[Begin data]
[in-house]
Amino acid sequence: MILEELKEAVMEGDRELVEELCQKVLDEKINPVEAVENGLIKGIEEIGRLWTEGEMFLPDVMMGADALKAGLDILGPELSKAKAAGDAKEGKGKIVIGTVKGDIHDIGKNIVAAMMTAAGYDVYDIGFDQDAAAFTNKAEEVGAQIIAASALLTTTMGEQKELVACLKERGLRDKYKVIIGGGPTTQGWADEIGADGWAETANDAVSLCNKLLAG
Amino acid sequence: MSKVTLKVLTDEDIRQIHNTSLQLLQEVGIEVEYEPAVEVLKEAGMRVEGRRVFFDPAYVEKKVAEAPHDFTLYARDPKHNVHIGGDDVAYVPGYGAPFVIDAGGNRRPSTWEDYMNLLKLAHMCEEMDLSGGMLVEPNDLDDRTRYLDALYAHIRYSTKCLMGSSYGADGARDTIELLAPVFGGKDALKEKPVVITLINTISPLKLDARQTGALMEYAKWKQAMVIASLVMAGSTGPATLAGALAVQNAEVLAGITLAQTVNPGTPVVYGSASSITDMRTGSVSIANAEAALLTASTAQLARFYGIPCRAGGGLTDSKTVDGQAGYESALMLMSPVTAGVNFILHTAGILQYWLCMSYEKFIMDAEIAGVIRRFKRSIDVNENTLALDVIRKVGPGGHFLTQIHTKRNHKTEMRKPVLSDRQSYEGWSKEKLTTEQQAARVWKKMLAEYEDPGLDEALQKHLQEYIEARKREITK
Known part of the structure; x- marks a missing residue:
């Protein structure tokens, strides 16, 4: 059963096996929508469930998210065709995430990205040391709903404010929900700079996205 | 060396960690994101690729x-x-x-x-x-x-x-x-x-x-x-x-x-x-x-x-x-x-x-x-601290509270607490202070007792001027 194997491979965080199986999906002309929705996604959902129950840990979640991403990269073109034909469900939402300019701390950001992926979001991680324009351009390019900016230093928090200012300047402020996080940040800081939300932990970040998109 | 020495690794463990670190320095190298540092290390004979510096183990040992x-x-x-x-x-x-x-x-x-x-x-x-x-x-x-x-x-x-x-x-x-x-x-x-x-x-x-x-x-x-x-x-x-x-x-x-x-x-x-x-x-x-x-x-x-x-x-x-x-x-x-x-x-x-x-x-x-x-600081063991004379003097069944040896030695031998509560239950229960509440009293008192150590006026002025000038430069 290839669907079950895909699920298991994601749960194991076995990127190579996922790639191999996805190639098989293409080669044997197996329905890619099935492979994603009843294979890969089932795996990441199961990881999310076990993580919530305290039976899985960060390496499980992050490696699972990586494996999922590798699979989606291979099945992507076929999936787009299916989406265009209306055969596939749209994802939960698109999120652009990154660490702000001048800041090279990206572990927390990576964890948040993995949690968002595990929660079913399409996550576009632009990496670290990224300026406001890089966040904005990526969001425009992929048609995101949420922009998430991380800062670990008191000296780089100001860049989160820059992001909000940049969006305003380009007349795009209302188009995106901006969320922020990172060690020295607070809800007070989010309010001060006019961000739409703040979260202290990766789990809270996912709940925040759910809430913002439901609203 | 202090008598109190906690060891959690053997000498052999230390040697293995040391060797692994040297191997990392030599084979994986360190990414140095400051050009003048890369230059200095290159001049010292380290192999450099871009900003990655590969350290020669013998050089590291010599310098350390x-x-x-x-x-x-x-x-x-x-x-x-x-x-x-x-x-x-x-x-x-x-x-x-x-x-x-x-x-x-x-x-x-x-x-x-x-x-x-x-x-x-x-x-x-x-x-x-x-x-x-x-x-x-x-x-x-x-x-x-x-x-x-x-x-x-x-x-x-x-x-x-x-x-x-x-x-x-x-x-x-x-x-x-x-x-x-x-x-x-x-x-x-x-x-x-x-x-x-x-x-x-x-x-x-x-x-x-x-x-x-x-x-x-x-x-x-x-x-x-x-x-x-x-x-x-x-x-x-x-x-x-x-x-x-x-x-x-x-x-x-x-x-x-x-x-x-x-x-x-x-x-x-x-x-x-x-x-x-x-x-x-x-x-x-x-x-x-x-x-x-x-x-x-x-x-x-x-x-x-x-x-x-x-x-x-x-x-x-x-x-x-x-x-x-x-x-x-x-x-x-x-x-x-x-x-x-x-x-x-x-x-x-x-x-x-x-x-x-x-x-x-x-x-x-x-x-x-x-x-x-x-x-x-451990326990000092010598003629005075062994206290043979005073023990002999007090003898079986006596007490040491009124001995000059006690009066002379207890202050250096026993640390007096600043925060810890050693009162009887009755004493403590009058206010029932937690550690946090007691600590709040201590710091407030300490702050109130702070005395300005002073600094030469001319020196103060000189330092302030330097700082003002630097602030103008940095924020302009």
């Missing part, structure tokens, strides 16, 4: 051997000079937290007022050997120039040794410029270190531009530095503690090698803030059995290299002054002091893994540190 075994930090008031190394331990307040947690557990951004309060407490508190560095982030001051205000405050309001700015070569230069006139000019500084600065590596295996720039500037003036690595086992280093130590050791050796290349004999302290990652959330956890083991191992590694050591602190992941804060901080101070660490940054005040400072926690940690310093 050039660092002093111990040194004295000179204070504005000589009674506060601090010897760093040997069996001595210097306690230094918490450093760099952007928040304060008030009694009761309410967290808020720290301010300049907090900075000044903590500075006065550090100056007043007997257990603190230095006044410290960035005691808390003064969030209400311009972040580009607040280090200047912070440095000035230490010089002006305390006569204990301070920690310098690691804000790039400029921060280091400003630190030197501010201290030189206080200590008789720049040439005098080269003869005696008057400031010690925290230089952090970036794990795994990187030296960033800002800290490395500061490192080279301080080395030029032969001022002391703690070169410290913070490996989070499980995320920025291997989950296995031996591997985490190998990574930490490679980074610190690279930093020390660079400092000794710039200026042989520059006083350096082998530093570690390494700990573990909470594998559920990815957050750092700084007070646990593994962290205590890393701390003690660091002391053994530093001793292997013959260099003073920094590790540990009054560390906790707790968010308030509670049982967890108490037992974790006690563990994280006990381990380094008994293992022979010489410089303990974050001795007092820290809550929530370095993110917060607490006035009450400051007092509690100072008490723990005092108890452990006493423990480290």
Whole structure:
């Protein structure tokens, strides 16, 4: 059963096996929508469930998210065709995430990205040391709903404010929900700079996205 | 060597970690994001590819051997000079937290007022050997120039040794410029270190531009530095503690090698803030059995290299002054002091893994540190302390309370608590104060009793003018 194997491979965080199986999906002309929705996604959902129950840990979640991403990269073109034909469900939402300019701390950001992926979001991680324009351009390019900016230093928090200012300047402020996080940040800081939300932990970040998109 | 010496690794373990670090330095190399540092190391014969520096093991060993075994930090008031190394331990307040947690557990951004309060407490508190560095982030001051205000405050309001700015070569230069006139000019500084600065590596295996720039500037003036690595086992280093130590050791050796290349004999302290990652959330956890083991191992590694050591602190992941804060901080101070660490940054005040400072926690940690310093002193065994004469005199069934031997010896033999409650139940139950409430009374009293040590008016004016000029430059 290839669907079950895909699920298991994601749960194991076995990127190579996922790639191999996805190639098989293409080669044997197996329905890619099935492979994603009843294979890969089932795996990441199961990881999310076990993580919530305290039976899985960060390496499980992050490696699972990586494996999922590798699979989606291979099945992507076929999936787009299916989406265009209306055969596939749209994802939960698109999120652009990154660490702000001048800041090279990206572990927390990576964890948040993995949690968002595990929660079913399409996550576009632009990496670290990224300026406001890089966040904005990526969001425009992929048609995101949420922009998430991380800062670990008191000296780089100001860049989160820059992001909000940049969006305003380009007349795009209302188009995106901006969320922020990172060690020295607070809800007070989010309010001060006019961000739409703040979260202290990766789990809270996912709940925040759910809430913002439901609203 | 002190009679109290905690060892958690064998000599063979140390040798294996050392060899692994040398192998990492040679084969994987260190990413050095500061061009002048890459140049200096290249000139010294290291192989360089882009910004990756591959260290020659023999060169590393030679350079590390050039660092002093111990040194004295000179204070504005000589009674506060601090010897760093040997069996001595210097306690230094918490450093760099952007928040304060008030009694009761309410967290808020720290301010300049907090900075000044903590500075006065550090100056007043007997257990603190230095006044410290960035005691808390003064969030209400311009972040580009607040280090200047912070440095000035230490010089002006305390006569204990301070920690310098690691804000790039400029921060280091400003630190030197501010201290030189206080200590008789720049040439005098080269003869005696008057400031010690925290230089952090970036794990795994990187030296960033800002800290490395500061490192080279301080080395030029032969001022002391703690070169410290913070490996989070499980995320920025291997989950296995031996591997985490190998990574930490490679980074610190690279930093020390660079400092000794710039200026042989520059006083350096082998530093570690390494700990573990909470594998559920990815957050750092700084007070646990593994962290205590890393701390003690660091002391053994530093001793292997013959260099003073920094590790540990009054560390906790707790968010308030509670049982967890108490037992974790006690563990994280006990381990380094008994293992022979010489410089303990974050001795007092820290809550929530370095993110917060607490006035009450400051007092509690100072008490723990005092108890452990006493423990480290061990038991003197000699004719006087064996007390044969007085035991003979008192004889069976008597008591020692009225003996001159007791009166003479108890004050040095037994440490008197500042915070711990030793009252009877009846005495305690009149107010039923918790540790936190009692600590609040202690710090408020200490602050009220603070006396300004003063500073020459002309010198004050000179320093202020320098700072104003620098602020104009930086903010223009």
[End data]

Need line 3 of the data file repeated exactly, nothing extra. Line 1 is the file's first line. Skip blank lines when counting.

Amino acid sequence: MSKVTLKVLTDEDIRQIHNTSLQLLQEVGIEVEYEPAVEVLKEAGMRVEGRRVFFDPAYVEKKVAEAPHDFTLYARDPKHNVHIGGDDVAYVPGYGAPFVIDAGGNRRPSTWEDYMNLLKLAHMCEEMDLSGGMLVEPNDLDDRTRYLDALYAHIRYSTKCLMGSSYGADGARDTIELLAPVFGGKDALKEKPVVITLINTISPLKLDARQTGALMEYAKWKQAMVIASLVMAGSTGPATLAGALAVQNAEVLAGITLAQTVNPGTPVVYGSASSITDMRTGSVSIANAEAALLTASTAQLARFYGIPCRAGGGLTDSKTVDGQAGYESALMLMSPVTAGVNFILHTAGILQYWLCMSYEKFIMDAEIAGVIRRFKRSIDVNENTLALDVIRKVGPGGHFLTQIHTKRNHKTEMRKPVLSDRQSYEGWSKEKLTTEQQAARVWKKMLAEYEDPGLDEALQKHLQEYIEARKREITK